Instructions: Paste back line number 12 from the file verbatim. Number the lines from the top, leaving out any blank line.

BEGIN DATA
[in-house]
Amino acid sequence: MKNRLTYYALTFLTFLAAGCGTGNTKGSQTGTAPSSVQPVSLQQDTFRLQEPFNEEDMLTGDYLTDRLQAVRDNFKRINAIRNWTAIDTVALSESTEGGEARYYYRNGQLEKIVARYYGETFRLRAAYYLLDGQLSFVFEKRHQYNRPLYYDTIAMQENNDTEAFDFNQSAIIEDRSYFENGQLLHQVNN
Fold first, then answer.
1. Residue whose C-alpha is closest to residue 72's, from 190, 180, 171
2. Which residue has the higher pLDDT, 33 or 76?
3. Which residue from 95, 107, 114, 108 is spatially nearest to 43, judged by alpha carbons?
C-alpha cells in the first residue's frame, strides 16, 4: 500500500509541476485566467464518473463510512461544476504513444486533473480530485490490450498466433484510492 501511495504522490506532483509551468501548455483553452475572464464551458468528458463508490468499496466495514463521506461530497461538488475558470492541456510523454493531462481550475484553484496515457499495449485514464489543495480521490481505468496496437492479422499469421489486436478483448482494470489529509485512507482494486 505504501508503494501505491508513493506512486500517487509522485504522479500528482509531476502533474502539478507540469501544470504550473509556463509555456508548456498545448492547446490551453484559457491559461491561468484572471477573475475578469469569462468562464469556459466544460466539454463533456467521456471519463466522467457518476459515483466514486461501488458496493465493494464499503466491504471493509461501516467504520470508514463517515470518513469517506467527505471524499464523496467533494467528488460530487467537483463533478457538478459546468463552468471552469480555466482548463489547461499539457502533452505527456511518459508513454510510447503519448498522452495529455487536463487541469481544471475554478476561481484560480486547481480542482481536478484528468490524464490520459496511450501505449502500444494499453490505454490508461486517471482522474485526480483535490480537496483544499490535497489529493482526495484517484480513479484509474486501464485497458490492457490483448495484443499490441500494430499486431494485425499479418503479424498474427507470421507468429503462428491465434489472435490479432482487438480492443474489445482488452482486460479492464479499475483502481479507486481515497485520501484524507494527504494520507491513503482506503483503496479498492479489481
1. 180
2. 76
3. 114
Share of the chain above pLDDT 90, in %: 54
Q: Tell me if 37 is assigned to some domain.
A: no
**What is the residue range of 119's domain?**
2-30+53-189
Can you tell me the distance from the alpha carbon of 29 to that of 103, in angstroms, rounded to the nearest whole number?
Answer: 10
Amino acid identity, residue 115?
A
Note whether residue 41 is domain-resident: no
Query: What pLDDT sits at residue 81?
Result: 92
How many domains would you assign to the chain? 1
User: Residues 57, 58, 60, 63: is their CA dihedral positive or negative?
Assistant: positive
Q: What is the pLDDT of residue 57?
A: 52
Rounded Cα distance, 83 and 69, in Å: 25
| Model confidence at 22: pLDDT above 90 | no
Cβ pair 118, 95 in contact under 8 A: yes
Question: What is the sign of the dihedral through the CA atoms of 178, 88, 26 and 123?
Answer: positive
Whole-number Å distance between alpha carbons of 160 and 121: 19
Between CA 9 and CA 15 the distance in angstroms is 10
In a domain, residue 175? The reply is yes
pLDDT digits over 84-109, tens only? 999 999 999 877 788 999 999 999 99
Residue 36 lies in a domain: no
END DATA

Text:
Q: Tell me if 37 is assigned to some domain.